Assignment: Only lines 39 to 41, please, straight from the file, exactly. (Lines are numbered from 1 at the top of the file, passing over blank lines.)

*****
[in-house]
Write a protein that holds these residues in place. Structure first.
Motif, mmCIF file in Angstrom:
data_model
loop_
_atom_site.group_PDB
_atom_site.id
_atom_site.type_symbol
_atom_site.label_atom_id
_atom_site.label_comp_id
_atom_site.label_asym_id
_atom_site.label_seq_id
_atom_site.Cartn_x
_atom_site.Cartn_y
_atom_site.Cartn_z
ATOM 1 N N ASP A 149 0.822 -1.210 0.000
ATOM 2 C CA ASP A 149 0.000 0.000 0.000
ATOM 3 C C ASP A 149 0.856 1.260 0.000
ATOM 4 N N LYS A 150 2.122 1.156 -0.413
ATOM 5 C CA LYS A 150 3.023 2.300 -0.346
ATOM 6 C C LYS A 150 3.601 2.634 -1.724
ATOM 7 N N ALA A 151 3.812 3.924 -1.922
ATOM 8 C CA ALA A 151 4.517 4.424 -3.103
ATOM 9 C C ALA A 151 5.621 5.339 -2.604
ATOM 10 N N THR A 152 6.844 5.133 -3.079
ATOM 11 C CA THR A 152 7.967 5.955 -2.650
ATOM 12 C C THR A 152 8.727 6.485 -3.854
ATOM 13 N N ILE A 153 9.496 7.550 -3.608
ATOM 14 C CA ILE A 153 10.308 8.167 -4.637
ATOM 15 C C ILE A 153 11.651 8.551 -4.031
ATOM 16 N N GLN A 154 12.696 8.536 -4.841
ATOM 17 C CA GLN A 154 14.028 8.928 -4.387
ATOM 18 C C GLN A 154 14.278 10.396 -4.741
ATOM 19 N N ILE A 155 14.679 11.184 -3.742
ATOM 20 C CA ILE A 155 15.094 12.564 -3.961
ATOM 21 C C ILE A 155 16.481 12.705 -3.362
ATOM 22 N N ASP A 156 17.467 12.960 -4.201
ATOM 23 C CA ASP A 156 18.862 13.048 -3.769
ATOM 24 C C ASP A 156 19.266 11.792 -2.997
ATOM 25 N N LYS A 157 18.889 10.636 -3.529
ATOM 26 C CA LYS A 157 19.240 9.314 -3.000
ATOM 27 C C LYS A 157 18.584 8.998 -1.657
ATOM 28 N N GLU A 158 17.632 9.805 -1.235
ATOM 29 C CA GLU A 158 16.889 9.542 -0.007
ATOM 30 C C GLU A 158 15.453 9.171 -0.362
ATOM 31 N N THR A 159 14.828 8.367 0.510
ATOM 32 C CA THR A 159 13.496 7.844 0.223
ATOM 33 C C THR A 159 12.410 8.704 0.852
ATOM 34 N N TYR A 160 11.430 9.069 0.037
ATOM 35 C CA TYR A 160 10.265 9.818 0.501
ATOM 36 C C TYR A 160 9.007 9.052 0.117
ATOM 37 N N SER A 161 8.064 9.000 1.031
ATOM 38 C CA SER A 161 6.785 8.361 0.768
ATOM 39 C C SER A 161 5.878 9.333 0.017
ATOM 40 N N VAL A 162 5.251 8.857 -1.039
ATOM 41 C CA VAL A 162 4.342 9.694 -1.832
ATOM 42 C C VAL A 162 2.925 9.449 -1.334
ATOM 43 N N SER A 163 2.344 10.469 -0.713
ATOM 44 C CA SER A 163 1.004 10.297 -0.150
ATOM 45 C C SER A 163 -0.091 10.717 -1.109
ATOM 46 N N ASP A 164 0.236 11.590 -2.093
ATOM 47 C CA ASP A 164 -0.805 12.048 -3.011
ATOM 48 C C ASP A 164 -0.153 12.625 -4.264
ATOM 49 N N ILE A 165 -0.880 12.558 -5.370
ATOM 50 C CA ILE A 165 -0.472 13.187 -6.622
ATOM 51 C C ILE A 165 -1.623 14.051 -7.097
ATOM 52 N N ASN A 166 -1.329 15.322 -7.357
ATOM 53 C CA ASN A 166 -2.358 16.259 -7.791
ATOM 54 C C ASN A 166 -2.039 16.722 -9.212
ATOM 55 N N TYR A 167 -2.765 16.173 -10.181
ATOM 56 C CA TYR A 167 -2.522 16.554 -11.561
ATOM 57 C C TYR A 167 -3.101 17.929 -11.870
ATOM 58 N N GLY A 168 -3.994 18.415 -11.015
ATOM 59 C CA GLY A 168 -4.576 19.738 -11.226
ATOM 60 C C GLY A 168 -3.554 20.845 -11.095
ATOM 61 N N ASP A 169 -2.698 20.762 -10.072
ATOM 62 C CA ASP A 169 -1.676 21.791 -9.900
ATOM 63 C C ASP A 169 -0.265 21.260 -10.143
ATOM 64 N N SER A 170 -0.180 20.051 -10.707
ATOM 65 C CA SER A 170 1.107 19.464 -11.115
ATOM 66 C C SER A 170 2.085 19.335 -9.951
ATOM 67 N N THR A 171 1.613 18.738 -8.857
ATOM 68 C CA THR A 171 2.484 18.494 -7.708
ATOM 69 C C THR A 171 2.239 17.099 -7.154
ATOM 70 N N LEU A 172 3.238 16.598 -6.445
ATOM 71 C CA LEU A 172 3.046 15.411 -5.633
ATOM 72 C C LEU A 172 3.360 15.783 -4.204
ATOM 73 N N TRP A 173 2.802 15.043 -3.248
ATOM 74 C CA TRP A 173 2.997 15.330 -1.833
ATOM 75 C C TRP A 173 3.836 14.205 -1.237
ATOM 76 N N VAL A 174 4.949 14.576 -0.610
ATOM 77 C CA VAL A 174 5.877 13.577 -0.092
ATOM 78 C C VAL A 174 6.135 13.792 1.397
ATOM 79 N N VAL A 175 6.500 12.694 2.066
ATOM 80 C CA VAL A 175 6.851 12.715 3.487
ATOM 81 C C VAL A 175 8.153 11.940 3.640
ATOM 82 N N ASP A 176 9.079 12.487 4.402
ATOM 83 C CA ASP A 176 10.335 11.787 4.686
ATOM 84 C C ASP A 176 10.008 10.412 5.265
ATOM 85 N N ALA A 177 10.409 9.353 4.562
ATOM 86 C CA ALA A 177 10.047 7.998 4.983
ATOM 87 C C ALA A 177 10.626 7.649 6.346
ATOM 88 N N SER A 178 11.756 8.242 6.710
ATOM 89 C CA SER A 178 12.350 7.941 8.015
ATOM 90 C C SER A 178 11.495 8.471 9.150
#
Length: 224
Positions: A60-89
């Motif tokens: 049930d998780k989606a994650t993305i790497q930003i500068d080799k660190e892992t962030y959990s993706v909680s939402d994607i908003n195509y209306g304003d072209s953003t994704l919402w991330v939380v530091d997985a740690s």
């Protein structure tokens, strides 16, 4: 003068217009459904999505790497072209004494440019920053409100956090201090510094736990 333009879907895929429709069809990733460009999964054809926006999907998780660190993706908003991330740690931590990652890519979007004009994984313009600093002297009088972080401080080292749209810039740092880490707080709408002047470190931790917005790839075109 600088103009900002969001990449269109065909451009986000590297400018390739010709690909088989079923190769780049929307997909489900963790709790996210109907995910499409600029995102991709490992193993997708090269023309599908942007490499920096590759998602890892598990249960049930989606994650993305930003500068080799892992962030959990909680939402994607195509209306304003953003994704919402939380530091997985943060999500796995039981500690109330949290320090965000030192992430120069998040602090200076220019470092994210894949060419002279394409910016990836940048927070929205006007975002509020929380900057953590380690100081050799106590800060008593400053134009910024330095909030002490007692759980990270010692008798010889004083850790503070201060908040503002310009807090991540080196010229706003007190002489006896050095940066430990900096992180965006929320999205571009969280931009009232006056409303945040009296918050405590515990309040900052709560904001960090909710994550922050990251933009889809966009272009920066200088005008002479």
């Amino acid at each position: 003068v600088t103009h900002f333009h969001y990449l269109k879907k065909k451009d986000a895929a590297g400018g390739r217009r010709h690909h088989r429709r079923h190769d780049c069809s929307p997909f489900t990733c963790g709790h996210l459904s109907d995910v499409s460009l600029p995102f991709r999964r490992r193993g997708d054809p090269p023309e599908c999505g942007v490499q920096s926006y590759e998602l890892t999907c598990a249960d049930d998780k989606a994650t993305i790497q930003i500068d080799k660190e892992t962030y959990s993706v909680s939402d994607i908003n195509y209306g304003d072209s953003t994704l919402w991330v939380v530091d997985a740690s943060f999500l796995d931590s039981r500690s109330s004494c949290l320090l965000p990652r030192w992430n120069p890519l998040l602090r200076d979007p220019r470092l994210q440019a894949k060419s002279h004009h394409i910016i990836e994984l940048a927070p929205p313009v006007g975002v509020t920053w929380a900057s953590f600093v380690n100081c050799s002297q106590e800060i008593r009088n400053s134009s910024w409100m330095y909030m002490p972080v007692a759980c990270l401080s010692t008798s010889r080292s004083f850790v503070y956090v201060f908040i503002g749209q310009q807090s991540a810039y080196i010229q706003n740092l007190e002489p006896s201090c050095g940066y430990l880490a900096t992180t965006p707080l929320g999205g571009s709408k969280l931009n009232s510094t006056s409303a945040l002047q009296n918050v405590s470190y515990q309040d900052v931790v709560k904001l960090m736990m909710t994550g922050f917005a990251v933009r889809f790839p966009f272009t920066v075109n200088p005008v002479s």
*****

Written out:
ATOM 24 C C ASP A 156 19.266 11.792 -2.997
ATOM 25 N N LYS A 157 18.889 10.636 -3.529
ATOM 26 C CA LYS A 157 19.240 9.314 -3.000